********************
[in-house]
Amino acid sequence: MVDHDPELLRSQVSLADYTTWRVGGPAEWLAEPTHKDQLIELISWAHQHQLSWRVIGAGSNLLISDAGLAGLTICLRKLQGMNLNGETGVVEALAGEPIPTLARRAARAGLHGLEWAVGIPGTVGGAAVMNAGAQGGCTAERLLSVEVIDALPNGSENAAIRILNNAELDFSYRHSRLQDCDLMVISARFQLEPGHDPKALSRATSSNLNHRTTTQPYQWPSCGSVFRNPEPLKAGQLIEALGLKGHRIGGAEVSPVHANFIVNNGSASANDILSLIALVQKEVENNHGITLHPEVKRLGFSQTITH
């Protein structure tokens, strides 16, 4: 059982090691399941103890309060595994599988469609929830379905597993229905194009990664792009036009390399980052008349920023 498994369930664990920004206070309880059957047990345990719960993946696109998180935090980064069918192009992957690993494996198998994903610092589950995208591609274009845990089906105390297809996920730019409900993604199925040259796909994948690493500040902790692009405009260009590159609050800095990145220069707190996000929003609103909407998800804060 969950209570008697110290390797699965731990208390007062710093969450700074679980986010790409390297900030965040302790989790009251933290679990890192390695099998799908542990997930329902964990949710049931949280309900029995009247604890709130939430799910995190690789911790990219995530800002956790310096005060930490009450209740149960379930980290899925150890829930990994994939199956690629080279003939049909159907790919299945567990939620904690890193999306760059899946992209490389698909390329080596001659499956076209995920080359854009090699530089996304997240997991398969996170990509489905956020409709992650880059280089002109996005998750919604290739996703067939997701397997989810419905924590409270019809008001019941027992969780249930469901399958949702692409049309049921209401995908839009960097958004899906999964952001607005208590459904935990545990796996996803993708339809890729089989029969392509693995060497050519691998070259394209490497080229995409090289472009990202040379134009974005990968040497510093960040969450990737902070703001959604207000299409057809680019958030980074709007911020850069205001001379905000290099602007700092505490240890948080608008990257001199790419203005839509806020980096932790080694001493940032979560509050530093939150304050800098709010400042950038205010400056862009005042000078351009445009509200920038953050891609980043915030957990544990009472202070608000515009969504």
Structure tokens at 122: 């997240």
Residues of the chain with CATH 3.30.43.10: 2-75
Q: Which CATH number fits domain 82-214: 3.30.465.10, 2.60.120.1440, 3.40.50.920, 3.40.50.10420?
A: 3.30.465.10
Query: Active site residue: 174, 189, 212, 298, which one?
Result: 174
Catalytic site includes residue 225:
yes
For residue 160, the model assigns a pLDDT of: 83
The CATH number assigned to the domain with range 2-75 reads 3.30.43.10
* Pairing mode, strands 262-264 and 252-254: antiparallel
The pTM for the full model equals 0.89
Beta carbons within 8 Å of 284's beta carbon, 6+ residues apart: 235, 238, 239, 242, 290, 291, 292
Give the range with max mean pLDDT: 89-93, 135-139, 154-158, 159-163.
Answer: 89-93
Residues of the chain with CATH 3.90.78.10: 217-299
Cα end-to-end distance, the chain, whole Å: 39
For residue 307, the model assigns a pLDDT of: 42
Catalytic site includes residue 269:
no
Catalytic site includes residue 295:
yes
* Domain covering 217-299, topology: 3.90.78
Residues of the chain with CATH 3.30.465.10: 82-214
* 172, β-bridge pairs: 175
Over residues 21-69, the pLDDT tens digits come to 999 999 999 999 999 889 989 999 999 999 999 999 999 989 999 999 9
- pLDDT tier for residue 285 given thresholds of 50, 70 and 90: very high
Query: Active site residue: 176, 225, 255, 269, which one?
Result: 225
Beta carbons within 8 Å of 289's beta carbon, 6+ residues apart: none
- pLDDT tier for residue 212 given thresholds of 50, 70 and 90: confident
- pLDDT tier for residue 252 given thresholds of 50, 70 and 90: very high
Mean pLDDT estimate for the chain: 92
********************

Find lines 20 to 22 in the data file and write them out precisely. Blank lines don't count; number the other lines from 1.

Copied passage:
Cα end-to-end distance, the chain, whole Å: 39
For residue 307, the model assigns a pLDDT of: 42
Catalytic site includes residue 269: